Reinhart says his department receives 5 to12 complaints a week, usually a variety, including heating and freezing pipes, and there could or should be more complaints. “Tenants are afraid of being evicted; some call after leaving with complaint but can’t be helped when they don’t have keys.”

            Gross and his roommates have encountered other problems with their home. A plumbing problem at the beginning of fall semester resulted in a backed-up toilet and sewage filled their basement. Their landlord sent in a professional to handle the situation. Other instances, such as faulty wiring and holes in the walls, have not been reported to their landlord.

            “Our foundation is pretty bad, too,” said one of Gross’ roommates, “You can see cracks in the brickwork, and that worries us a bit as to the stability of the house.” If Gross wants this problem evaluated, the city recommends he goes to his landlord to explain the situation first. After this, an inspector can come to the property and write an order to correct, or a citation. Then, it is the landlord's responsibility to fix the problem.

            One frightening circumstance came to Gross and his roommates in the form of an unwelcome bat in the house. The wind had blown their door in one night, and a bat flew into the house. Gross and his roommates were unable to catch it, and the bat ended up biting one of the renters during the night. He had to get a rabies shot to prevent the possible consequences of infection. The roommate informed the landlord of the problem.

Monday, May 5, 2014

Public Speaking Center Adds Hours during Finals Week, by Madison Norris

The PSC added staffed hours May 12 and May 13 of finals week for those in need of help on content or delivery for final outlines and presentations. The center may be busy during these times, so appointments are encouraged.

Monday, May 12: 10:00 am- 4:00 pm

Tuesday, May 13: 11:00 am- 4:00 pm

The PSC offers peer consulting for UWL students needing aid on presentations, public speaking assignments, as well as extracurricular public speaking events.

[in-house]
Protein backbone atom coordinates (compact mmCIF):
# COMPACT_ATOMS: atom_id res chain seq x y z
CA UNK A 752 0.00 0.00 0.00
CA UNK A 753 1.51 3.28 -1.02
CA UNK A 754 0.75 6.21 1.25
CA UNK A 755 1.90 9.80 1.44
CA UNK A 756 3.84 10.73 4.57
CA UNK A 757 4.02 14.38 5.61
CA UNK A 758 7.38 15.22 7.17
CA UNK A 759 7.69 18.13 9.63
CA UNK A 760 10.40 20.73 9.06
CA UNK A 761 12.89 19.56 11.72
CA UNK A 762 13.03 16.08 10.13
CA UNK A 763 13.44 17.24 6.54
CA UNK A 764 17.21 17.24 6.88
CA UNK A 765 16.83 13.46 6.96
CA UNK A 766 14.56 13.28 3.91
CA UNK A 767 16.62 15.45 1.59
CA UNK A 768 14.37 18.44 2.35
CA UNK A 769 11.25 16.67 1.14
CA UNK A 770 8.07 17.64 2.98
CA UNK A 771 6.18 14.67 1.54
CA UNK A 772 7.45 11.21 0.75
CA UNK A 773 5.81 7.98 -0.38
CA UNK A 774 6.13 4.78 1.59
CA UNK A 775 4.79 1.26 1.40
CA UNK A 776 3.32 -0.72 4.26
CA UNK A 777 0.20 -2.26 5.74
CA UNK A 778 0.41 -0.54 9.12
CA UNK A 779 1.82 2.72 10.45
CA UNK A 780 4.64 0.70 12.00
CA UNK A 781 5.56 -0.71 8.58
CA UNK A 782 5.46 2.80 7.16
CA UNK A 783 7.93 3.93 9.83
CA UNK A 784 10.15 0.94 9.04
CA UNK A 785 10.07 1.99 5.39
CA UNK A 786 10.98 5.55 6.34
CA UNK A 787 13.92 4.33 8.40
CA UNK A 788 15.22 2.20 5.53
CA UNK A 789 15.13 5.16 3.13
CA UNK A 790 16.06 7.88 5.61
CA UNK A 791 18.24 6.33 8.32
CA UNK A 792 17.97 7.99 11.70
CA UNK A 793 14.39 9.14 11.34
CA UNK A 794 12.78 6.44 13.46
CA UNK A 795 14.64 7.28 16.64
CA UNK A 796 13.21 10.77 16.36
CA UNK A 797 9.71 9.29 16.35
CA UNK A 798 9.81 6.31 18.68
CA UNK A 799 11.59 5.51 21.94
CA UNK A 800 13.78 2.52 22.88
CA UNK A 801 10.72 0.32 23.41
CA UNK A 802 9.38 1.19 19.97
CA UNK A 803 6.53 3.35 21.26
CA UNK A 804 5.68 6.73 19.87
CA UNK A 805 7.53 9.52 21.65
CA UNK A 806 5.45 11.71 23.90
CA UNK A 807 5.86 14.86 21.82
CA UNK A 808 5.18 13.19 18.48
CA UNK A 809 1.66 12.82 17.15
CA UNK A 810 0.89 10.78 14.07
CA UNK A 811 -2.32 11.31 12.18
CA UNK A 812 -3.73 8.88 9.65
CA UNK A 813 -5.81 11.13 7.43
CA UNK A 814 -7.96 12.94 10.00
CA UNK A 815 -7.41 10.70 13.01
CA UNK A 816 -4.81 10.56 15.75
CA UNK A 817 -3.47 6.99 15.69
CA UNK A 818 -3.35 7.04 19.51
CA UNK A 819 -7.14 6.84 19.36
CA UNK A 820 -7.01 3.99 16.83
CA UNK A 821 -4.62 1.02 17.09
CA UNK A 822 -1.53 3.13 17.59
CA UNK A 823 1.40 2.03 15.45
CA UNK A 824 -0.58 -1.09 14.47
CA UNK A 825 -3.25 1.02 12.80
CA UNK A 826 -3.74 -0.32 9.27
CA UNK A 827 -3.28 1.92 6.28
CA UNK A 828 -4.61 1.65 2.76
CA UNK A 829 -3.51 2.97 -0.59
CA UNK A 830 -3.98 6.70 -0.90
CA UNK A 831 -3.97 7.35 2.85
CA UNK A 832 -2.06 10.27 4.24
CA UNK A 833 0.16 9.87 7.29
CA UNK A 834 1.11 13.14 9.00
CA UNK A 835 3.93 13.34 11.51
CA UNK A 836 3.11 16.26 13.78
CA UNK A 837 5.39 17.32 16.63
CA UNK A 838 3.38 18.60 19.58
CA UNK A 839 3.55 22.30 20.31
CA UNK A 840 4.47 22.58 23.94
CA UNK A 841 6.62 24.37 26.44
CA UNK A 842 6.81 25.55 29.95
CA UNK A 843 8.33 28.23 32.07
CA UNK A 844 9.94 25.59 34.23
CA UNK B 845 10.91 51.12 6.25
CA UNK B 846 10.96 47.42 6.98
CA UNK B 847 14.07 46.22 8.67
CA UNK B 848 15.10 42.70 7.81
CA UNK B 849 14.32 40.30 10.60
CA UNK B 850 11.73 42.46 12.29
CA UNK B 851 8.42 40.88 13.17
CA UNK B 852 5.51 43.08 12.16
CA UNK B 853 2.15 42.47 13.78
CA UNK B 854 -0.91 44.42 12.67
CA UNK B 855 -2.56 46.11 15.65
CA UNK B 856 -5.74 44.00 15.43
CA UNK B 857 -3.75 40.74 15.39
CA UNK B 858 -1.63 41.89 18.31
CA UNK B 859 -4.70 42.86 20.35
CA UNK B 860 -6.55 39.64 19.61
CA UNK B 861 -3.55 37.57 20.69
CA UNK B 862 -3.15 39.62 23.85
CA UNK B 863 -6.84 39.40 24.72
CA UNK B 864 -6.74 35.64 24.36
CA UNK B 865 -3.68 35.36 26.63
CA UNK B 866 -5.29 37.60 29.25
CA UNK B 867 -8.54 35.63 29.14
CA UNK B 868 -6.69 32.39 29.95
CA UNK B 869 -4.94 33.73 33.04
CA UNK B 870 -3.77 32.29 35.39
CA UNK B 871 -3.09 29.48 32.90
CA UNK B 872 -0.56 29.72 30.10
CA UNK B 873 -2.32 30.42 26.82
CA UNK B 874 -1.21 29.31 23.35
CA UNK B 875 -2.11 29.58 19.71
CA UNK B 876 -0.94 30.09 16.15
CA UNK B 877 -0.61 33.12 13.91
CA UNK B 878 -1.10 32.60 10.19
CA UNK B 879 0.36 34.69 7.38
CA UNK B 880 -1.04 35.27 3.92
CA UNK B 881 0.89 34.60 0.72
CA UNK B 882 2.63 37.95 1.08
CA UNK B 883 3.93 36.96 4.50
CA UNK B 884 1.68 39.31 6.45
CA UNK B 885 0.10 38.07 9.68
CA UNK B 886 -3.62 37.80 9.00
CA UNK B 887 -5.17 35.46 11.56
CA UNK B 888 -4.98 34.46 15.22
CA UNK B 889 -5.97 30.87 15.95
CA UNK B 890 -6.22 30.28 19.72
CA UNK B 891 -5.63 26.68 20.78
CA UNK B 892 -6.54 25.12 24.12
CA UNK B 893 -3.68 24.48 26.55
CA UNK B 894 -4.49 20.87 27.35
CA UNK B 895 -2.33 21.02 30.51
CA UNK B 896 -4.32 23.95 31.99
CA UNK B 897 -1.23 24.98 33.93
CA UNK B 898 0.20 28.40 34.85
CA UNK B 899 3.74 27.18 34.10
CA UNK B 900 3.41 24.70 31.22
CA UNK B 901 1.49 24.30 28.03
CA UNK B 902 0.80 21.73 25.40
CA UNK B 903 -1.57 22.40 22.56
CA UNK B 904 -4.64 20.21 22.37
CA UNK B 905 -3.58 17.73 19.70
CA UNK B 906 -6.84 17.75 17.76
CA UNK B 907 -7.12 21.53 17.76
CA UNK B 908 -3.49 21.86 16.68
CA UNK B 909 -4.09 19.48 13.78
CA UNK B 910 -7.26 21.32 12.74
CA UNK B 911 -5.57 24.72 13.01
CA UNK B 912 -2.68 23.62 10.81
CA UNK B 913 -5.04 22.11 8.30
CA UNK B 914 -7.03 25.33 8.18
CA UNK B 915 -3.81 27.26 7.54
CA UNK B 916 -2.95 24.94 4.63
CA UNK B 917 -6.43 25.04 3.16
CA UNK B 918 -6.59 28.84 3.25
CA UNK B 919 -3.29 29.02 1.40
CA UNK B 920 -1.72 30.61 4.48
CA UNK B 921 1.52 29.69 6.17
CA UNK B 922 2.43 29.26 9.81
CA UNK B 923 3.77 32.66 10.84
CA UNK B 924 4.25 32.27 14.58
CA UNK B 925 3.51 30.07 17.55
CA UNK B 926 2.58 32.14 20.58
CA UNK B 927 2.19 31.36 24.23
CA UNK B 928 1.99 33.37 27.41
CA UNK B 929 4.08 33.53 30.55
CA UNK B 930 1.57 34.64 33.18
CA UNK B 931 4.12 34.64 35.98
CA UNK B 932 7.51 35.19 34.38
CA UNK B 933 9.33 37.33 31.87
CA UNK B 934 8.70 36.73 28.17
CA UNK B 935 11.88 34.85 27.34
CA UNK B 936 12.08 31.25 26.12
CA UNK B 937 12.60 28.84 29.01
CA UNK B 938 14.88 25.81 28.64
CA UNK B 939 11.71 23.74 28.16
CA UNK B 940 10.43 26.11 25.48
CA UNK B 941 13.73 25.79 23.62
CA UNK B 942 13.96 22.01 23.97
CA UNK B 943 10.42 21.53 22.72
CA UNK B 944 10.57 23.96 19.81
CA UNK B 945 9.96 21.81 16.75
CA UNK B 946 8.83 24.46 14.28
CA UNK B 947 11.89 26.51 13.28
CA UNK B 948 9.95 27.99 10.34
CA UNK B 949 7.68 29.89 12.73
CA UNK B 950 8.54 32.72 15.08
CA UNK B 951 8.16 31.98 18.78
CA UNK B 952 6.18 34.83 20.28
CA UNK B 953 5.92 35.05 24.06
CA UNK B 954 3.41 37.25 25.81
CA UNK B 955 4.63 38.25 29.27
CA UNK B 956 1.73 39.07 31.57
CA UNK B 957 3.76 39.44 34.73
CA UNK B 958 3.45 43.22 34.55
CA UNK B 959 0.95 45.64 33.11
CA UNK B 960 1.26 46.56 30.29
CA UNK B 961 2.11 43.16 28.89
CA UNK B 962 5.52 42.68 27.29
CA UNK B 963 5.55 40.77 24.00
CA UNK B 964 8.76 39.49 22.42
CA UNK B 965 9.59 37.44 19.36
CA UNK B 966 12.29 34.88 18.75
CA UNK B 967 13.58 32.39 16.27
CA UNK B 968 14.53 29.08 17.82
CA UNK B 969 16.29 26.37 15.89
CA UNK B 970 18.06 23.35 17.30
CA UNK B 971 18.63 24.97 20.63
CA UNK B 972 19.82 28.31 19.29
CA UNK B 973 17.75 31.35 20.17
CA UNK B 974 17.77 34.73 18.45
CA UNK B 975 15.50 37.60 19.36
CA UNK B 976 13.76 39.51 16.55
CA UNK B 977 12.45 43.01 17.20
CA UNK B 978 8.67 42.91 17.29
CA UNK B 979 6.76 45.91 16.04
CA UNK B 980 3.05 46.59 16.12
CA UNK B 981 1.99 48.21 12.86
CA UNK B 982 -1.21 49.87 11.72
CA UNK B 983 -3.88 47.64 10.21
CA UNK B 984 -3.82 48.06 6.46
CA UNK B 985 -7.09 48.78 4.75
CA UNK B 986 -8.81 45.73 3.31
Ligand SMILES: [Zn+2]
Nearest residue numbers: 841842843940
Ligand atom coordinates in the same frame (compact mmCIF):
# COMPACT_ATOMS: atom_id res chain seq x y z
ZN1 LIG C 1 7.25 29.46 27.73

Peer consultants at the PSC provide guidance on topic selection, outlines, content, delivery and visual aids. Consultants also strategize techniques for reducing speaking anxiety and improving confidence.

The advisors are able to provide these additional hours because students are now allowed to work on campus during finals week.

The PSC is located in Murphy 251. Visit  to schedule an appointm

Friday, May 2, 2014

"Neknominate" Is Dangerous Game, by Mikayla Peters

Students around the world are participating in an online drinking game known as neck and nominate, or neknominate. 

The rules of the game are the participant films himself or herself drinking a pint of an alcoholic beverage in one gulp. They then upload the footage to the web. After posting the footage, the participant nominates or challenges two others to complete the challenge. The nominated person must complete the challenge in under 24 hours after being nominated. On YouTube alone, not including social media, there exist over 30,000 videos of neknomination. 

The “challenge” theme is very popular on YouTube, for a variety of risk-taking activities.

UW-L Rec Sports puts a positive twist on the game, following in the footsteps of South Africans. UW-L participates in "NICEnominations. Building managers of the Rec Center perform random acts of kindness in an attempt to spread the kindness across the web and social media. They shovel ice from the common ground, then nominated the Intramural Supervisors. “Students like to one-up each other, so we decided to make a challenge that would be positive,” says Zach Scola, a REC student building manager. “We figured random acts of kindness would easily catch on and spread.” 

Cara Knipfer, a sophomore at UW-L, says “We’re making it a competition of doing something good for your community and working to make that spread farther.” However, this isn't stopping the spread of neknomination across the globe and campus.